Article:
The group says well-connected Laos and Vietnamese companies, as well as the Vietnamese military are involved in the trade despite an official ban and pledges last year from the Laos Government that it would address the problem.
With much of the timber going into Vietnam's outdoor furniture industry and then exported, the EIA says illegal logs could be ending up in the US, Europe and Australia.
Presenter: Liam Cochrane
Speaker: Jago Wadley, Environmental Investigation Agency; co-author of the report, Checkpoints: How Powerful Interest Groups Continue to Undermine Forest Governance in Laos
WADLEY: We revisited Laos and Vietnam, following some investigations that the EIA has done over the last five years just to see whether anything had changed since our last visit to the country last year. What we found was that the log trade from Laos to Vietnam was still going on. Large volumes of timber being transported across the land borders into Vietnam, but all of this is happening in the context of a clear ban on the export of logs and other unprocessed timber from Laos.
We found that many of the same companies who have been involved in this previously were still operating in the trade and that includes some very well connected companies in Laos, but also a company controlled by the commercial arm of the Vietnamese military. And just overall, we found that more timber was probably being exported to Vietnam as in raw unprocessed form than was available to the timber industry within Laos itself.
COCHRANE: And when the timber does go to Vietnam, what is happening to it and where does it go from there?
WADLEY: Vietnam has a very large wooden outdoor furniture sector that's providing products to the US in the main, also Europe and also Australia and other consumer countries. Vietnam has very few forest resources itself that are producing the types of material it need for its furniture, so it imports about 80 per cent of all the timber that's needed for its five billion dollar a year industry. So logs from Laos are being taken to distribution centres in Vietnam, mainly the ports of Vinh and Qui Nhon and also Da Nang and they're being offered for sale to the local furniture manufacturing companies that have contracts with clients all over the world, but also there are some companies are forward selling logs to international traders and basically shipping them out to Vietnam to places like Japan, China, India and other countries.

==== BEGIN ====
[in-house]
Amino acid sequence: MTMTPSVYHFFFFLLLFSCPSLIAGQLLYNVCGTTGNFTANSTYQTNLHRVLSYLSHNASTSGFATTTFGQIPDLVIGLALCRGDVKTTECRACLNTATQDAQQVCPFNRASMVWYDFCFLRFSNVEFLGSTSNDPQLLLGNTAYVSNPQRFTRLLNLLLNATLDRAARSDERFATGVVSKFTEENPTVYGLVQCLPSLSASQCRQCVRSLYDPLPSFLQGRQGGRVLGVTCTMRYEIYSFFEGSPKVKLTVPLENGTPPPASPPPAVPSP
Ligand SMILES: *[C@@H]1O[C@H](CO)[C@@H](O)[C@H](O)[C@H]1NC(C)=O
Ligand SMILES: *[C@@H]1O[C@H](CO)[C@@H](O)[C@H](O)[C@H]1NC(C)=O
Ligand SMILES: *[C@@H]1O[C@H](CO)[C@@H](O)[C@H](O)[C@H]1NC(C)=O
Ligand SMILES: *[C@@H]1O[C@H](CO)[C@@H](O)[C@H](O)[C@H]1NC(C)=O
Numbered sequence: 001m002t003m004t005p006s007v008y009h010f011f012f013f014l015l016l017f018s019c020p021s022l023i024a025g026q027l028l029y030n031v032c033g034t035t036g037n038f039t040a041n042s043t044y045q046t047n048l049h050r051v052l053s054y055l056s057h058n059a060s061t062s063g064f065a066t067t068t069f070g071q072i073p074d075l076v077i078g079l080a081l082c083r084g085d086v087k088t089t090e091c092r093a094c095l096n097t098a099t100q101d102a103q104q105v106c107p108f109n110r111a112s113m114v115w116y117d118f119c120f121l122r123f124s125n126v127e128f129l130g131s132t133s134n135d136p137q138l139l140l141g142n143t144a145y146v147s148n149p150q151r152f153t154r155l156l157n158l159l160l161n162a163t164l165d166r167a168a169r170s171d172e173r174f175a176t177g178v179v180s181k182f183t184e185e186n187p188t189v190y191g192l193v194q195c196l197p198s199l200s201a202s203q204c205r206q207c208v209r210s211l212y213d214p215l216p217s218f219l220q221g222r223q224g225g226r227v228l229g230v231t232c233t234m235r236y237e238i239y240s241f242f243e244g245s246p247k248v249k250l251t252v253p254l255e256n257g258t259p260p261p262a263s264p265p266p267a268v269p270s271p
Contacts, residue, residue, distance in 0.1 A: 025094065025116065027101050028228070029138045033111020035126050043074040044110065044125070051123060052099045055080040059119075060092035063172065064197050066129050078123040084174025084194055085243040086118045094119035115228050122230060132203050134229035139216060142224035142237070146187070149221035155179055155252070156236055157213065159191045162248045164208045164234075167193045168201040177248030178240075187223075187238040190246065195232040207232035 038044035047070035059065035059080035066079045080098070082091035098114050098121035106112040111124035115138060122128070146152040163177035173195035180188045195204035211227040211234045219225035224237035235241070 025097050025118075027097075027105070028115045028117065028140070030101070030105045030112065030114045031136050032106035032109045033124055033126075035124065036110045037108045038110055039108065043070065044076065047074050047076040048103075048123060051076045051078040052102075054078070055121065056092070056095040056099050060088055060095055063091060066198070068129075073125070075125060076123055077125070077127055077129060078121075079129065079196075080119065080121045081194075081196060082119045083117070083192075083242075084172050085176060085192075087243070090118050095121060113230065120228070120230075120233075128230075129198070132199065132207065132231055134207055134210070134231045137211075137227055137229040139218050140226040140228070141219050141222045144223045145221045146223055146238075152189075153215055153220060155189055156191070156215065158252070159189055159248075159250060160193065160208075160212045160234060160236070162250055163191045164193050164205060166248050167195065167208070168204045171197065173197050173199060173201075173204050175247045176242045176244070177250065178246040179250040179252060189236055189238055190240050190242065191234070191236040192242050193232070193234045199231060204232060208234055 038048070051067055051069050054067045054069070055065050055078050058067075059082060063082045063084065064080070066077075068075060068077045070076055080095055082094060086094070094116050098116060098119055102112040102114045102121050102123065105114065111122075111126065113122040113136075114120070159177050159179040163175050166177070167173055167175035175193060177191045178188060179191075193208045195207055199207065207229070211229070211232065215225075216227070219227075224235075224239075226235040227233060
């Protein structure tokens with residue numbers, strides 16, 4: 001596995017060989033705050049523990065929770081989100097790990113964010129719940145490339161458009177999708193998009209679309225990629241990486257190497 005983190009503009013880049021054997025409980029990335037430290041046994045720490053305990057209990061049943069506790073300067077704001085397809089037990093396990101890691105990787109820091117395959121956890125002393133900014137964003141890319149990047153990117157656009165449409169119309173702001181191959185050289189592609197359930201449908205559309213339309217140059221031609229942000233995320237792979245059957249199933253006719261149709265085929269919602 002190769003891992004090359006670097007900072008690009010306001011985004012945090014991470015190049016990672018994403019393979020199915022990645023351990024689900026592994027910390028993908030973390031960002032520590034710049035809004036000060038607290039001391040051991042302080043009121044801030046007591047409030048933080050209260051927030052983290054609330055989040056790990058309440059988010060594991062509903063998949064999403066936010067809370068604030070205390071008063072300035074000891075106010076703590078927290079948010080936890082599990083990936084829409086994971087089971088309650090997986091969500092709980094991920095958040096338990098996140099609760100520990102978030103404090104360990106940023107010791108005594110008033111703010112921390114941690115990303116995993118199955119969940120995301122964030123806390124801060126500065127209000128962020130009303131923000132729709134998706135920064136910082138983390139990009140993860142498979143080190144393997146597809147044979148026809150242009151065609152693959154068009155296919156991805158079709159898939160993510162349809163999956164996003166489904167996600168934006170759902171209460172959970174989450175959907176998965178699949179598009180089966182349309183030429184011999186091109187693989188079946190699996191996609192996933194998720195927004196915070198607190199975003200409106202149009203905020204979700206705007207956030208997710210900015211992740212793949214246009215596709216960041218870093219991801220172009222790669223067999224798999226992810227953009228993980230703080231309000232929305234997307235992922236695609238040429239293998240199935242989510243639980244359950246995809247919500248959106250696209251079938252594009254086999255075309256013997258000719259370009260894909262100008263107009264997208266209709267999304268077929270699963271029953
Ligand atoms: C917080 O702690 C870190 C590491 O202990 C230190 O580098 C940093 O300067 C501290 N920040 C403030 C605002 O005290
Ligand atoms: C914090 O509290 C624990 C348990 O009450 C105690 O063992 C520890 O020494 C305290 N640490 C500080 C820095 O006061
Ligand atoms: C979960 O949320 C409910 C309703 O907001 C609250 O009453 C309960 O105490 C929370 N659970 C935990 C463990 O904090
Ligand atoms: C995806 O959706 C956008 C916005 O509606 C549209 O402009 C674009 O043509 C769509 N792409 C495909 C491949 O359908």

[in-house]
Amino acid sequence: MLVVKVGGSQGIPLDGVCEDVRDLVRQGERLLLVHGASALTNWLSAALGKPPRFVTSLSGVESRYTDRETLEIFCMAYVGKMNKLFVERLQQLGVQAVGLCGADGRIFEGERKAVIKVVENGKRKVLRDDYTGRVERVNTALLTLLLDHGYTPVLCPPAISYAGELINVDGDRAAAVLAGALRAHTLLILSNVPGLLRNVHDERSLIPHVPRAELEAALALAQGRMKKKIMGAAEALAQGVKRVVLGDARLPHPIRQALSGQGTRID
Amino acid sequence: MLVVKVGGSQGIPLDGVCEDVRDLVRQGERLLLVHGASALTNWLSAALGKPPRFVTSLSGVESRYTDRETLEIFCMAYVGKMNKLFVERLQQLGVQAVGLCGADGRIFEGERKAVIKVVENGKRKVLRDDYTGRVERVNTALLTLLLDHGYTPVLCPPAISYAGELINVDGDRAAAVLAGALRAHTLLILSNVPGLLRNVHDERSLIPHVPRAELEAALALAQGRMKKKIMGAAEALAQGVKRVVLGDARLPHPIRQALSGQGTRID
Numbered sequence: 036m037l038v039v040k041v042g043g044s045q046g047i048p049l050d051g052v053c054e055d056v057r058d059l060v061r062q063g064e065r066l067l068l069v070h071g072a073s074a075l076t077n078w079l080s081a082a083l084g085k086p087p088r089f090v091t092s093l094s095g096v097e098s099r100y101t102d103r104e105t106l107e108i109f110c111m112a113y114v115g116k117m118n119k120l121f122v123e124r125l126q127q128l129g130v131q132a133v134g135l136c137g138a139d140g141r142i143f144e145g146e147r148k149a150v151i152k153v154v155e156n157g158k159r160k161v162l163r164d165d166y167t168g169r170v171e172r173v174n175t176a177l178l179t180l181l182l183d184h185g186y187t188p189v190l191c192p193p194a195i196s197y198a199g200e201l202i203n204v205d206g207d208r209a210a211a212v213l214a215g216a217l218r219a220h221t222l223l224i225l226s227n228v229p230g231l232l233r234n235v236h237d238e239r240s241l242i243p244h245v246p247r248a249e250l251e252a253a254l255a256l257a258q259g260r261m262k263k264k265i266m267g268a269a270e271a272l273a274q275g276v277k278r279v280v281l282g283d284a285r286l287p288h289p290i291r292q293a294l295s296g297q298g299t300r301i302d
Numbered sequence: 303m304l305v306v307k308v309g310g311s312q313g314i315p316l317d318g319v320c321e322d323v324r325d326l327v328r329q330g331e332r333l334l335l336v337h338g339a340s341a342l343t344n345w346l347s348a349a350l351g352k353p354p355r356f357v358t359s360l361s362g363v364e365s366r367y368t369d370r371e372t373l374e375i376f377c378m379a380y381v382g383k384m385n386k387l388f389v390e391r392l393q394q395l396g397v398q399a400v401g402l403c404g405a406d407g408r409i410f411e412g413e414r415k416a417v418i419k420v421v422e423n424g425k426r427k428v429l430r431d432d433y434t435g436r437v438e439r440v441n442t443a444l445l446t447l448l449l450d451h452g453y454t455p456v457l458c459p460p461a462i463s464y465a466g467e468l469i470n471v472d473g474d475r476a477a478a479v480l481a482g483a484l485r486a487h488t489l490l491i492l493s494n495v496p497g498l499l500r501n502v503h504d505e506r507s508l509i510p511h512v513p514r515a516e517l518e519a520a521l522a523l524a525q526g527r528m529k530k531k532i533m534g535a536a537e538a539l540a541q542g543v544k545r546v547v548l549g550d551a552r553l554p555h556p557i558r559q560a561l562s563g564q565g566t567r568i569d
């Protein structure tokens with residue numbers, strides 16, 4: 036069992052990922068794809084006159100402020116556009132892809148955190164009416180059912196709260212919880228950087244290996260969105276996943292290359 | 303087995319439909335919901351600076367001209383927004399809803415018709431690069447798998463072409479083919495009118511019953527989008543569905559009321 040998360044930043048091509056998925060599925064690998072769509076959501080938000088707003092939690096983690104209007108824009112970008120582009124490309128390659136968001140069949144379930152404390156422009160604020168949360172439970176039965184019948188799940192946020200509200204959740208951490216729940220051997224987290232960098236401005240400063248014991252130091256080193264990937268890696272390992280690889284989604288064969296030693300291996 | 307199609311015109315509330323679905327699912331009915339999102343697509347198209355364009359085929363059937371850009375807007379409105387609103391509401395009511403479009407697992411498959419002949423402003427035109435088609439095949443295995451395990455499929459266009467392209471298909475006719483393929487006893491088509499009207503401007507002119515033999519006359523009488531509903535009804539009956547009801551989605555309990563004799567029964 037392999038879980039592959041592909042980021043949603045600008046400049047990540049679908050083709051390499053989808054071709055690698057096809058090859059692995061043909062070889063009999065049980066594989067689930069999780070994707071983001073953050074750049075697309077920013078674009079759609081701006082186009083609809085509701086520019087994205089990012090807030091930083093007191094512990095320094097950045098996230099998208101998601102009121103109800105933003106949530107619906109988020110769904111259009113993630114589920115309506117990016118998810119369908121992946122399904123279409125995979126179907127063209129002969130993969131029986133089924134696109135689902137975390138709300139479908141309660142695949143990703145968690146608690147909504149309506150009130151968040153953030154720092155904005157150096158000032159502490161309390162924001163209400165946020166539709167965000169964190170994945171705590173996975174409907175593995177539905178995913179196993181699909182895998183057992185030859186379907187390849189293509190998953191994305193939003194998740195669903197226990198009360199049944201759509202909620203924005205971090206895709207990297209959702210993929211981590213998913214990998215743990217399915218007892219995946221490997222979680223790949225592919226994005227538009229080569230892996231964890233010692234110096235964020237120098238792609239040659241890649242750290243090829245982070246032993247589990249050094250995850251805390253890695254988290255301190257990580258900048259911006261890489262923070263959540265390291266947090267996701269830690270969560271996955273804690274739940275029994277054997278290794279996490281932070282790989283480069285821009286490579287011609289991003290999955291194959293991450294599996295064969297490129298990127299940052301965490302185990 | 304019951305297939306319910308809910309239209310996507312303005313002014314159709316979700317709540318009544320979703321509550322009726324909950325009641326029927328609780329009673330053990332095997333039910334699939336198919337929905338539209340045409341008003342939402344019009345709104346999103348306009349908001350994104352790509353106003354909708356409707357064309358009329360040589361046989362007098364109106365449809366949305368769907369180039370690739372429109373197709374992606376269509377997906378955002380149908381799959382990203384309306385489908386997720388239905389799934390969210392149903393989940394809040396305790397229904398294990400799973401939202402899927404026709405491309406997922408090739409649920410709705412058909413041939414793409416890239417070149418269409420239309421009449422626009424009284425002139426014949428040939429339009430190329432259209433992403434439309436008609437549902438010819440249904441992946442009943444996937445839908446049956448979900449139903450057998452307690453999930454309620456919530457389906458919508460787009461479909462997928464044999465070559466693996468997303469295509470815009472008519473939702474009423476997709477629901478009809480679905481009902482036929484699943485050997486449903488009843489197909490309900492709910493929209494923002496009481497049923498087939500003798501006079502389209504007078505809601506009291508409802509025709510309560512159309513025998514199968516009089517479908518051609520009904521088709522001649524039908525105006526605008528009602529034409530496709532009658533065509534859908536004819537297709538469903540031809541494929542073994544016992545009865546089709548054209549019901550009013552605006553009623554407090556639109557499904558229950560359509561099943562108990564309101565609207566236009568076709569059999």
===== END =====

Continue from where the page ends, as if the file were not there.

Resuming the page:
COCHRANE: The issue of outdoor furniture being made in Vietnam from timber of suspect sort of source. It has been an issue in countries like Australia for sometime and there have been campaigns to try to improve the situation and I think increasingly, there's consumer awareness that this is a problem and that consumers want to do the right thing. Can people be confident when they're told that furniture they buy from a store is sustainably logged? What sort of confidence should people have in this labelling system?
WADLEY: There are many labelling schemes out there relating to timber, either through legality or through sustainability. They all have similarities, they all have slightly different standards, interpretations. I think what is the biggest improvement that needs to happen in global trade governance is that these very complex choices that are presented to consumers are not actually choices that consumers want to have to engage in and that they want governments to take responsibility for ensuring that the products on the market are legal. And so within Europe, consumers have backed campaigns led by NGOs, but also supported by responsible industry to bring in legislation that prohibits the placements of illegal timber on the market. The same has happened in America and Australia is I believe in the final stages of bringing in similar legislation that will effectively protect entire consumer markets from investing in crime and illegal forestry around the world. So these are the types of levers that are very important. We're hoping that regulations that are coming in to effect in the EU in March, next year, will really help countries like Laos and Vietnam sit down with their trade partners and really establish for real what is legal, what is not legal, who has the right to do exemptions from legal norms in government and to bring some transparency to the international timber market. Until that happens, consumers really aren't protected and it's very difficult for even some certification schemes which are private and voluntary initiatives to provide the assurances that consumers need.